Responding to a distress call from an Indian-flagged commercial ship, the US Navy has arrested nine more suspected pirates off the coast of Somalia - the second capture in two days.
The Indian-flagged Premdivya sent a distress call at 4 a.m. local time to all ships in the area reporting that she had been fired upon by a small skiff, and suspected pirates were attempting to board it, according to a Navy announcement on Thursday.
A US Navy helicopter crew was launched from the USS Vella Gulf and fired two warning shots at the small boat to get them to stop.
A navy boarding team was then launched to investigate the skiff's crew and found rocket-propelled grenades and other weapons on board the small craft, according to navy officials.
The suspected pirates were taken aboard the USS Vella Gulf and processed. They'll be moved to a temporary holding facility aboard the larger USNS Lewis and Clark, according to the statement.
The navy is now holding a total of 16 suspected pirates while the American and Kenyan governments work out legal details on how the suspects will be moved to Kenya for prosecution.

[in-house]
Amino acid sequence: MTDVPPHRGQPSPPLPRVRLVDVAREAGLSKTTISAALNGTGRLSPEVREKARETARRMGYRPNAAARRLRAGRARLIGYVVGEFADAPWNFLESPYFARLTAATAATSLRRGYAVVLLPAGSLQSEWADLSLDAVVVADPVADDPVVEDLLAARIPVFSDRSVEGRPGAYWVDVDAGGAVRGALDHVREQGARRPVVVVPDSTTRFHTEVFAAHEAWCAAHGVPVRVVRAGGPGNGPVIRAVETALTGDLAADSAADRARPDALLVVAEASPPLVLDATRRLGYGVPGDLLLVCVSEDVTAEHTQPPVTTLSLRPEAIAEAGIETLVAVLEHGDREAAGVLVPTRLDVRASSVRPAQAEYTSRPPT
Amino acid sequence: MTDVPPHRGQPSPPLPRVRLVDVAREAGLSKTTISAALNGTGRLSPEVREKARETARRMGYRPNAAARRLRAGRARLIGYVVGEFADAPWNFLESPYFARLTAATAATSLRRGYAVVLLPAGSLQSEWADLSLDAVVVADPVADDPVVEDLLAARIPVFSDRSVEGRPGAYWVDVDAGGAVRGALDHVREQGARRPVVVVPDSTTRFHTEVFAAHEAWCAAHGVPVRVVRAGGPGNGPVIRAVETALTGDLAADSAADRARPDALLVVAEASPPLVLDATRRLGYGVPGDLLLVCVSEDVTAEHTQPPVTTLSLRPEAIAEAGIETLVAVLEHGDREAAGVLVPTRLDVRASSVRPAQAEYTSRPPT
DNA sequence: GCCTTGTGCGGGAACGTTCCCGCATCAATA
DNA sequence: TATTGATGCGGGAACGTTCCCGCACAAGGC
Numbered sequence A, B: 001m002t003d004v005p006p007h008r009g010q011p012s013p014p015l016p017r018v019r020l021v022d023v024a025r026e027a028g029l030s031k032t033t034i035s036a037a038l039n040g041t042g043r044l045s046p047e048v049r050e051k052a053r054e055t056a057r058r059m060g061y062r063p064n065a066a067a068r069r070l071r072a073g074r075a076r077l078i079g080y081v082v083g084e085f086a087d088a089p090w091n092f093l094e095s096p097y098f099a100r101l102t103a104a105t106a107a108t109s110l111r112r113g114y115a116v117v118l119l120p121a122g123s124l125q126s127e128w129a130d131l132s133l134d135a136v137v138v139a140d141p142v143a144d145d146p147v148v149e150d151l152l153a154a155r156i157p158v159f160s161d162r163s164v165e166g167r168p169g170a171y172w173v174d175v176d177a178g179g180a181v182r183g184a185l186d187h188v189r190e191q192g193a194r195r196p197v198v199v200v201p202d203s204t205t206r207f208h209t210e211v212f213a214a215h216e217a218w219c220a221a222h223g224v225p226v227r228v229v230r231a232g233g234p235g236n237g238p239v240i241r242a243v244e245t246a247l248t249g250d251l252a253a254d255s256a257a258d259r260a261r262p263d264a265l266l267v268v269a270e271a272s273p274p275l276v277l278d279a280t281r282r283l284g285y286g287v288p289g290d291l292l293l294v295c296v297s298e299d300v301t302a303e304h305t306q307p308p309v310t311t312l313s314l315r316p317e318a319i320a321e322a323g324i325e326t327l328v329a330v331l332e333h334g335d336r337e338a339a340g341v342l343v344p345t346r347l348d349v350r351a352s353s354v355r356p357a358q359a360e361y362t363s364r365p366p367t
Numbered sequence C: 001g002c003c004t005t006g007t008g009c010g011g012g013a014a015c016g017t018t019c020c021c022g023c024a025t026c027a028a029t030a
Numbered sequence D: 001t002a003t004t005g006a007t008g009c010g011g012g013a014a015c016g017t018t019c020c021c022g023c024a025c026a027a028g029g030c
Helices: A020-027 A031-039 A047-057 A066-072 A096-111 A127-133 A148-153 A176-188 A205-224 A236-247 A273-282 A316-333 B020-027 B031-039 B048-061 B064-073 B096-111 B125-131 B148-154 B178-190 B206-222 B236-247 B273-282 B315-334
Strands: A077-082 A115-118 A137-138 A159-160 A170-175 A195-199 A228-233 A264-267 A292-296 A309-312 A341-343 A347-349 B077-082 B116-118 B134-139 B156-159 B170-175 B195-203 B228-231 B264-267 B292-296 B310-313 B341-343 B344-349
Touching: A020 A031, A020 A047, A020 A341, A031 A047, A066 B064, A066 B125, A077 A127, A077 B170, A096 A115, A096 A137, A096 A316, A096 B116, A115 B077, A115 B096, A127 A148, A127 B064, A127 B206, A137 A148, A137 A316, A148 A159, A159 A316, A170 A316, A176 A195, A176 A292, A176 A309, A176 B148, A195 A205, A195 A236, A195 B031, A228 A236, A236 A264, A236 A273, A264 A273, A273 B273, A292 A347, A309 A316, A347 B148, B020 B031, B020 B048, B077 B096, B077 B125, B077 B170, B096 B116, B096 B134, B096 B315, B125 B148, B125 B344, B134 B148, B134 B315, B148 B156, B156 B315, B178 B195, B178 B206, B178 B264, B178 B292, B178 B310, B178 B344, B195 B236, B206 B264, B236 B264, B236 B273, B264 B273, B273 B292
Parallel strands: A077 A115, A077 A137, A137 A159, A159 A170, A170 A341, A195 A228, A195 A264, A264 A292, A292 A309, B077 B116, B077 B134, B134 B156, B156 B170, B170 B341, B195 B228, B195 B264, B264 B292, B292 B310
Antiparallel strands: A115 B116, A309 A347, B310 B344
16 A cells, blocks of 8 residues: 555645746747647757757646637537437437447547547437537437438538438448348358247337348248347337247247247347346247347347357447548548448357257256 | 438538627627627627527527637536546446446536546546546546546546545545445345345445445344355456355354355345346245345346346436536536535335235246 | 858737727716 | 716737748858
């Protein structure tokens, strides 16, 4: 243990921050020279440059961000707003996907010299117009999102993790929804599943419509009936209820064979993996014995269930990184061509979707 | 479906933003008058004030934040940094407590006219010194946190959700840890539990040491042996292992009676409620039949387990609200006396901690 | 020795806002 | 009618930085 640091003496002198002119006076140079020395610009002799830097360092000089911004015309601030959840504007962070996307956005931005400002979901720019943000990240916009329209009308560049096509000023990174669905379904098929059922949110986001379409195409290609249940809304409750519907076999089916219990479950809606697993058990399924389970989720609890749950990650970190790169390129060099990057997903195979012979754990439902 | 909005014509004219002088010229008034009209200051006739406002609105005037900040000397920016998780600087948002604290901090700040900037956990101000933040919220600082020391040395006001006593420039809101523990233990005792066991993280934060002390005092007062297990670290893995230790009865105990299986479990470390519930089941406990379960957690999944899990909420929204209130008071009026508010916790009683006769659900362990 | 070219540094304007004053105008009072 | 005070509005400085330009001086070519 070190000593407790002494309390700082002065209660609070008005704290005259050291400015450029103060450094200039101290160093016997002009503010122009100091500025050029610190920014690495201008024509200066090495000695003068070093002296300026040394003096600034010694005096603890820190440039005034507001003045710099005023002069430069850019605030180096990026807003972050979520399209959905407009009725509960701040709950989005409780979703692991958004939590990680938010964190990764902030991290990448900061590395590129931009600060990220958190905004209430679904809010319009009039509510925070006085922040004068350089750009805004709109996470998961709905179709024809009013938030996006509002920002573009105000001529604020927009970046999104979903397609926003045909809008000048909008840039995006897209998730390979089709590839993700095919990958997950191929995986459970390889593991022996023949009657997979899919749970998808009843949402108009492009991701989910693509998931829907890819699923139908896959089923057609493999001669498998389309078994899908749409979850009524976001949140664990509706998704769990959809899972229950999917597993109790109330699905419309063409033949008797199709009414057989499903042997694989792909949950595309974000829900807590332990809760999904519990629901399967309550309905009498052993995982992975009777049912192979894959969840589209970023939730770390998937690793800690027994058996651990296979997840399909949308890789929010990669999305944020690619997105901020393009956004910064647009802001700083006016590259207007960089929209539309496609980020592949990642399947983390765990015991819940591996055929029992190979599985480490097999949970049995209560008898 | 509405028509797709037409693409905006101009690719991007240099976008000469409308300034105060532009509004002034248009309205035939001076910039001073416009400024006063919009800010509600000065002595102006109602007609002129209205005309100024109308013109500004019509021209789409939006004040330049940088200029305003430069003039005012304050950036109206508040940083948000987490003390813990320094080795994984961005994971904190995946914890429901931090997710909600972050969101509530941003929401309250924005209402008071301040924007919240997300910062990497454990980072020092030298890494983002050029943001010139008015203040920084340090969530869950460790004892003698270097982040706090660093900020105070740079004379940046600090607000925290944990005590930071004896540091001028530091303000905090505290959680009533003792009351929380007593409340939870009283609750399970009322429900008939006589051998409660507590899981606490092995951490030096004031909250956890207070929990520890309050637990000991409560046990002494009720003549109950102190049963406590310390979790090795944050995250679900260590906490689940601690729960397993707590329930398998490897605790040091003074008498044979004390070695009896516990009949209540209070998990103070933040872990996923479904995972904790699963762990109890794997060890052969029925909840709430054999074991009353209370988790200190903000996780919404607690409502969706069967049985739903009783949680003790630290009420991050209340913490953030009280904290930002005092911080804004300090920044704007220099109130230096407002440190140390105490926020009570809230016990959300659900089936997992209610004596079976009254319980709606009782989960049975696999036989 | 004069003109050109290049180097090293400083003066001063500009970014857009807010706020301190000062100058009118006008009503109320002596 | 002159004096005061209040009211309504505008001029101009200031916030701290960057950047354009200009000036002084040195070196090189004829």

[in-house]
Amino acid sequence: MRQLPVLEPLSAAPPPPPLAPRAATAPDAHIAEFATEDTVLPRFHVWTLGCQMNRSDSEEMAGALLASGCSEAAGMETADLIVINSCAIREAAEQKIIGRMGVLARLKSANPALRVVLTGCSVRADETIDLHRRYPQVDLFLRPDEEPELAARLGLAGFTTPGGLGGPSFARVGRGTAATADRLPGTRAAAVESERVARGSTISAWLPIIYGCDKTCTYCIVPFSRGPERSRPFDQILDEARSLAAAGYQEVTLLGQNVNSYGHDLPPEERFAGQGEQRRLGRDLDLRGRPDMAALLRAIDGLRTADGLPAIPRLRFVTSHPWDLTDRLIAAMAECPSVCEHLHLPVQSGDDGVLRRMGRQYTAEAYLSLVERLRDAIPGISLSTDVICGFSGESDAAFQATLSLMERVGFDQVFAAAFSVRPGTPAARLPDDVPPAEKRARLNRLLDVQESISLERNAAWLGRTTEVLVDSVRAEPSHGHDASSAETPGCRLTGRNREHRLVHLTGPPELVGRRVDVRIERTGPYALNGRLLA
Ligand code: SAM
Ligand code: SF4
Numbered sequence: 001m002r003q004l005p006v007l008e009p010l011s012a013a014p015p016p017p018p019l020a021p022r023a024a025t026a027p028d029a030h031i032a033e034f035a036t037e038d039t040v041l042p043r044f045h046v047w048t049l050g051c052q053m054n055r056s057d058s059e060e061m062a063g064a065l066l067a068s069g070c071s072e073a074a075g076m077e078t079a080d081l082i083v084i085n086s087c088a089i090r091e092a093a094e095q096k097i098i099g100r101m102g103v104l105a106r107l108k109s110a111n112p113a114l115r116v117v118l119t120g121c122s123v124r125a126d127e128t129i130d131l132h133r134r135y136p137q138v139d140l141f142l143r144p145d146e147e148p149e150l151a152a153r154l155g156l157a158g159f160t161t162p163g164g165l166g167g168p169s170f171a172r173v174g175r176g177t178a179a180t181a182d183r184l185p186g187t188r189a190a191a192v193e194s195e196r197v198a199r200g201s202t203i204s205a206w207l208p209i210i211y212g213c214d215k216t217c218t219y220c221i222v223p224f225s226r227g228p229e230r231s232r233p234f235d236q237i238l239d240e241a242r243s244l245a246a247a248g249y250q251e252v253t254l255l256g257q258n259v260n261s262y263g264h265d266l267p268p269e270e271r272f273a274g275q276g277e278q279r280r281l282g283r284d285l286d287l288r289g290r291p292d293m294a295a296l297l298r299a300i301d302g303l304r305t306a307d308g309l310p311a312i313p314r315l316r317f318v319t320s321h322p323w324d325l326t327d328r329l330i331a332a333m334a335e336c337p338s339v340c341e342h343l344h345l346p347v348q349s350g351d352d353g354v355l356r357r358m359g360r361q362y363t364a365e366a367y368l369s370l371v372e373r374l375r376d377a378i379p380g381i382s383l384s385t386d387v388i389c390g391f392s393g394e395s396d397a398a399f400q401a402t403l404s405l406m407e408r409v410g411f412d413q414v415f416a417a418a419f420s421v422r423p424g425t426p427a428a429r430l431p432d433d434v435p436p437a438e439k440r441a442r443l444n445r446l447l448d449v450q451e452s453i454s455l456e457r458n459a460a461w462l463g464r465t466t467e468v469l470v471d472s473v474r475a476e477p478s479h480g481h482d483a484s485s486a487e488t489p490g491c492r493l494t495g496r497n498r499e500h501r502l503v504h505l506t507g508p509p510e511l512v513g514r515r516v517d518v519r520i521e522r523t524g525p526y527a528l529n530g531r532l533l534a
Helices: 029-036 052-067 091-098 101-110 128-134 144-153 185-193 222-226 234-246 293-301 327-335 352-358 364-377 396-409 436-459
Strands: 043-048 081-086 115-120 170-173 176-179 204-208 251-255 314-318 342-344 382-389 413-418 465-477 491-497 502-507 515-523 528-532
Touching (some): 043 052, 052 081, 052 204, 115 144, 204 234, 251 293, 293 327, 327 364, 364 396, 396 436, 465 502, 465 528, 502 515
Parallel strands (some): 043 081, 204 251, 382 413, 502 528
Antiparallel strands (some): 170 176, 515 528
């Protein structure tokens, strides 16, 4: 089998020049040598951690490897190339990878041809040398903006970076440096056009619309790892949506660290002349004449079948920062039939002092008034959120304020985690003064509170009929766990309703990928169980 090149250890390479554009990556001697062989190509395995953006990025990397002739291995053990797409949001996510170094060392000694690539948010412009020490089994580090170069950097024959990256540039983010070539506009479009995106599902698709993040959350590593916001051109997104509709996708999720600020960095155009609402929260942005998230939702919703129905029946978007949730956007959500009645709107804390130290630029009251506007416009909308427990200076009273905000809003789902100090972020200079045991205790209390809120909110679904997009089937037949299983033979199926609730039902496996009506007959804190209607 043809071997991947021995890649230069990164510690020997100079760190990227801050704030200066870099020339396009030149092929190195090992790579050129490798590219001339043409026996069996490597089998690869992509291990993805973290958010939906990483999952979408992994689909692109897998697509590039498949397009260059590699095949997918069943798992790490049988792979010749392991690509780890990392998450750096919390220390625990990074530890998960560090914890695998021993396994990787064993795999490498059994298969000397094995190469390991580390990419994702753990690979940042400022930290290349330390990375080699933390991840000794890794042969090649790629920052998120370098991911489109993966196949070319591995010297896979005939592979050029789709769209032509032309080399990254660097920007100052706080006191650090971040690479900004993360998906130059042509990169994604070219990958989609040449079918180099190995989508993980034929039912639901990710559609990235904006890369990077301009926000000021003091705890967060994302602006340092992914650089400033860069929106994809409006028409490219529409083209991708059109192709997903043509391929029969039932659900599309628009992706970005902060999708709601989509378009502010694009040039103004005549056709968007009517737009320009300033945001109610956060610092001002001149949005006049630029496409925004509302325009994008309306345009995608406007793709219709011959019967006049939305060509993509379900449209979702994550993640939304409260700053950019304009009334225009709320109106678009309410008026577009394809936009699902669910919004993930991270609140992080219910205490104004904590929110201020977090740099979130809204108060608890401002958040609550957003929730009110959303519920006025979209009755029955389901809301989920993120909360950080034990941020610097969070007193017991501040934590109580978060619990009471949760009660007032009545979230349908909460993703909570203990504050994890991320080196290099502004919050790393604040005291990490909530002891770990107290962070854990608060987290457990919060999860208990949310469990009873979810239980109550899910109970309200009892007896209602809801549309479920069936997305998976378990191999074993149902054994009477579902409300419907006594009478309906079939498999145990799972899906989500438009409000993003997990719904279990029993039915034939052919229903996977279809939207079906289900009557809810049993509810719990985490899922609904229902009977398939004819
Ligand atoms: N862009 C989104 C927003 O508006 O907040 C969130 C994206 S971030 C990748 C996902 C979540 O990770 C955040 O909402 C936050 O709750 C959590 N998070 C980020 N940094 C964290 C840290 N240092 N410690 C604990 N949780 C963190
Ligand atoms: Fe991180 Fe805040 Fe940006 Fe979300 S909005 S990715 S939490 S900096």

Last month, the US and Kenya signed an agreement saying that suspected pirates captured by US ships will be moved to Kenya to be tried for their crimes.
The capture on Wednesday of seven suspected pirates marks the first time the US was able to capture and hold pirates since its forces began patrolling the dangerous waters off Somalia.
Piracy has become a chronic problem off the Horn of Africa in recent years, with some pirates operating from largely lawless Somalia. Pirates attacked nearly 100 vessels and hijacked as many as 40 in the waters off the coast of Somalia in 2008, according to the International Maritime Bureau.